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History of Retail - La Madeleine, Paris

The first of our European stores occupies one of the most glamorous parts of the French capital, bringing our distinct British sensibility to the heart of Europe’s most fashionable city.

History of Retail - La Madeleine, Paris

There are few destinations more glamorous than Paris’s 8th Arrondissement, home to landmarks like the Place de la Madeleine, the Champs-Elysées, the legendary Hôtel Crillon, and the Arc de Triomphe. It’s Paris’s heart, one of its most architecturally rich districts and home to many of the city’s most prestigious stores too.

The centrepiece of the neighbourhood is a grand building that could easily be mistaken for a Greek temple at first glance, L’église de la Madeleine. This 350-feet long, 140-feet wide and 100-feet tall monument is surrounded by no less than 52 Corinthian columns, and was commissioned by Napoléon 1st in 1803 as a shrine to his armies at the centre of the Place de la Madeleine. It was completed in 1824, but a church has stood on this spot since 1238.

Once you’ve paid your respects to this 19th century monolith, La Madeleine’s web of grand limestone-clad streets is the perfect place for some retail therapy; famous tailors like Cifonelli and Camps de Luca have their ateliers here, designers like Berluti were founded here, and Charvet, one of the finest shirtmakers in the world, founded in 1838, has its workrooms just around the corner on the Place Vendôme.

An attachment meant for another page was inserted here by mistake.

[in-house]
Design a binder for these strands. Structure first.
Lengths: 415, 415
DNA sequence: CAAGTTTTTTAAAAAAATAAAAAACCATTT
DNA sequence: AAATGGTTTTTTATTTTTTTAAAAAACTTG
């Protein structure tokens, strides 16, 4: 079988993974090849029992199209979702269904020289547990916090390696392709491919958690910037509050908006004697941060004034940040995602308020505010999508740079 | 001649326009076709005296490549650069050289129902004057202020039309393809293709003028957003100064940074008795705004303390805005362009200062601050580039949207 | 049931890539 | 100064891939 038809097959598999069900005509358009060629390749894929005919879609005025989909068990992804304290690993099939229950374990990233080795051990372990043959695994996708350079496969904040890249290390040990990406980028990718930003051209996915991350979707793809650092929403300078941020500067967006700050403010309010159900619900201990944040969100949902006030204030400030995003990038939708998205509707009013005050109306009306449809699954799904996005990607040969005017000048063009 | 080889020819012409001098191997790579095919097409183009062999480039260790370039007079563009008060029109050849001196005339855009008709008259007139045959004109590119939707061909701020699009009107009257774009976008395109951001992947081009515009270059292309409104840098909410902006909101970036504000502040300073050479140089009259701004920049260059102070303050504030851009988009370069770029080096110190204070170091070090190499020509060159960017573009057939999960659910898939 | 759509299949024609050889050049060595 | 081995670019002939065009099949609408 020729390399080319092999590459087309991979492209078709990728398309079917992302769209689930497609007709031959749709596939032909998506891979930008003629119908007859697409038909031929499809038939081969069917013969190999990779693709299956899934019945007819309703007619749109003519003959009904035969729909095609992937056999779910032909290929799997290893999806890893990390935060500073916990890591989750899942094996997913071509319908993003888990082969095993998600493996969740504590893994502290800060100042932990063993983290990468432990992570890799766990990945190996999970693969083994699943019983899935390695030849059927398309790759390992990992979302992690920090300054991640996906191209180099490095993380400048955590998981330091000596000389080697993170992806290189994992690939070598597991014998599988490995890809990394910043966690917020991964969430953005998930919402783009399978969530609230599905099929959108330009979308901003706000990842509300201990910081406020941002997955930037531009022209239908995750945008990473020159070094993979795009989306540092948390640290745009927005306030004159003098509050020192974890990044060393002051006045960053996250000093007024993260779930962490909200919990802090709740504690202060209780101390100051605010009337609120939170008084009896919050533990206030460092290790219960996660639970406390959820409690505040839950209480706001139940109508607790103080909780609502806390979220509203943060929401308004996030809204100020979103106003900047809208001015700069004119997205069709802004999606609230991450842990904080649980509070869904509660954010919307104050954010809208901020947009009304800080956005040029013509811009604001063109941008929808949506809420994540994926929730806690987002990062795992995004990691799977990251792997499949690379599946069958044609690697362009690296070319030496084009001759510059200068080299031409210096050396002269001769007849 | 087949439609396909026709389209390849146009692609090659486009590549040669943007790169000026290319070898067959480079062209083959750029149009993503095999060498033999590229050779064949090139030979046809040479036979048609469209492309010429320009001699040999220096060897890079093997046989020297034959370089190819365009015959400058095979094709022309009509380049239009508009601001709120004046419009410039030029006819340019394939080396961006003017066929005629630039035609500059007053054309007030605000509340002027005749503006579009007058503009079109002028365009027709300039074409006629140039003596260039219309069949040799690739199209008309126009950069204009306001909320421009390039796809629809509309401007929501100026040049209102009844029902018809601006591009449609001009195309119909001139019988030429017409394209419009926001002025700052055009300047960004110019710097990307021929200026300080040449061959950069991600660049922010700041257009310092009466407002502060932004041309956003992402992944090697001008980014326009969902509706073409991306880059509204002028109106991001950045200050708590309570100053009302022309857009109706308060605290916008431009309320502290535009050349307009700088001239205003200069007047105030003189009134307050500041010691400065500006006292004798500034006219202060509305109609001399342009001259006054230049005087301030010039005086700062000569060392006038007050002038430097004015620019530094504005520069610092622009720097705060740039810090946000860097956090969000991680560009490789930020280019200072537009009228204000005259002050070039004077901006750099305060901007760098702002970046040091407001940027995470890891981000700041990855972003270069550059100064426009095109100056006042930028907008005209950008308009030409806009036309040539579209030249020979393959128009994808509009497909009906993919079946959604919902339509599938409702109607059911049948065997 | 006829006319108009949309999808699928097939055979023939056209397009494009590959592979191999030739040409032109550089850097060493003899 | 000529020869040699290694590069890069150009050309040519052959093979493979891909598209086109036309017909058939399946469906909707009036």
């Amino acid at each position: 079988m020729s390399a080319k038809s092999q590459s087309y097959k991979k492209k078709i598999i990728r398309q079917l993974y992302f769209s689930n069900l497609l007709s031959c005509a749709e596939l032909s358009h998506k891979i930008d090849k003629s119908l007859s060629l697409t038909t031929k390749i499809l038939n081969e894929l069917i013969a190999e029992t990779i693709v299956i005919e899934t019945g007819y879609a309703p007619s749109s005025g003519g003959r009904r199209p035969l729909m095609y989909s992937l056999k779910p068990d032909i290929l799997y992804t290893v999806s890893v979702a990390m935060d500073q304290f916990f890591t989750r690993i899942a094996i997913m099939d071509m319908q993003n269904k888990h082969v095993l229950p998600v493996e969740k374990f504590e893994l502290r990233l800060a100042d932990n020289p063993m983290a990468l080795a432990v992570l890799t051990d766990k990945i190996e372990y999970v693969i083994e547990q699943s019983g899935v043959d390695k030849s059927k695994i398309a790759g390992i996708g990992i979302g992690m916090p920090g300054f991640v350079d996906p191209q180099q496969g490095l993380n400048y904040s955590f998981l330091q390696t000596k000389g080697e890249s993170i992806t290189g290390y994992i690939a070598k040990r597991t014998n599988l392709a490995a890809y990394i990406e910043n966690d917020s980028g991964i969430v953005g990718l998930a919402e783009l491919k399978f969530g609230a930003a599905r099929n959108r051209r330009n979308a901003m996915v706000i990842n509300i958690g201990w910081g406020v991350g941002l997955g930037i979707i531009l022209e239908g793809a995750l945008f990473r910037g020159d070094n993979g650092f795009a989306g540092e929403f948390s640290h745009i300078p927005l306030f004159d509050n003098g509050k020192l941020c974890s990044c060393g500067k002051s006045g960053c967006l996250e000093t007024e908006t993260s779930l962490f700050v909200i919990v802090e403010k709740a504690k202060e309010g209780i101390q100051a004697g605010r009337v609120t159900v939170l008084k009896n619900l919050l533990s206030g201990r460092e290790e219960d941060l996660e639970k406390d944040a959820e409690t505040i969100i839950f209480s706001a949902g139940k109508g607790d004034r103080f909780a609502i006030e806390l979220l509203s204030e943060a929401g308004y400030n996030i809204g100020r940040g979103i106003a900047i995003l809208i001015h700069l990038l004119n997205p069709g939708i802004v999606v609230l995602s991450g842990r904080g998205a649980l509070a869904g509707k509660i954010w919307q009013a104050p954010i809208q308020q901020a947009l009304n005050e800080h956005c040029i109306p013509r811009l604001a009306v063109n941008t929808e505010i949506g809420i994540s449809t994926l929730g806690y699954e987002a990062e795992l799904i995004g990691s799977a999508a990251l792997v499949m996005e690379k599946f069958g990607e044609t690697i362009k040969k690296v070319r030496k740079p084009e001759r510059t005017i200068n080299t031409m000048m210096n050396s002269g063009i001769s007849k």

The 8th arrondissement is also known for its confectionary. Ladureé, maker of delicious macarons has a cafe on the Champs-Elysées, with superb hot chocolate and its famous cakes to snack on. The famous purveyor of mustard, Maille, has its flagship store here (not in Dijon, strangely) and has been mixing fine mustards infused with everything from black truffles to white wine since 1747. Another famous culinary destination in La Madeleine is the delicatessen Fauchon, which was founded in 1846 and is known for its world class patisserie, cheese and charcuterie.

Returning to La Madeleine weighed down with the best foodie treats that the city has to offer, you’ll find our first Parisian shop on the Rue Chauveau-Lagarde, which opened in 1998. It remains one of our most palatial shops today, with separate departments for our Hand Grade and Mainline collections, plus a workshop for the Maitre Bottier who creates made-to-measure shoes on the premises. Jean-Dominique, one of our managers in Paris, took a few minutes out to share some thoughts on the location of our Parisian flagship.

‘I love walking across the square towards the store. As you approach, a gorgeous mix of dark varnished mahogany and British Racing green paints grabs your attention, contrasting with golden letters revealing a well-known name: Crockett & Jones. Given the rich historical background of La Madeleine, it was an obvious spot to settle in when C&J decided to expand its business to Paris.

‘I love how the shop’s presence is such a strong contrast to the French brands that surround it. We represent the English culture of shoemaking in a city with its own shoemaking tradition, so we stand out from the crowd style-wise, but blend in in terms of quality. Twenty one years since it opened, the store has become part of the scenery. I’m pleased to report that it ranks among the most beautiful stores in Paris today, and brings its own sense elegance to the heart of our capital city.’

Certainly, Crockett & Jones not might be as a la mode as Paris’s cutting edge designers, creatives and artists, but we have succeeded in transplanting a little bit of timeless British style in the centre of one of the most fashionable cities on earth.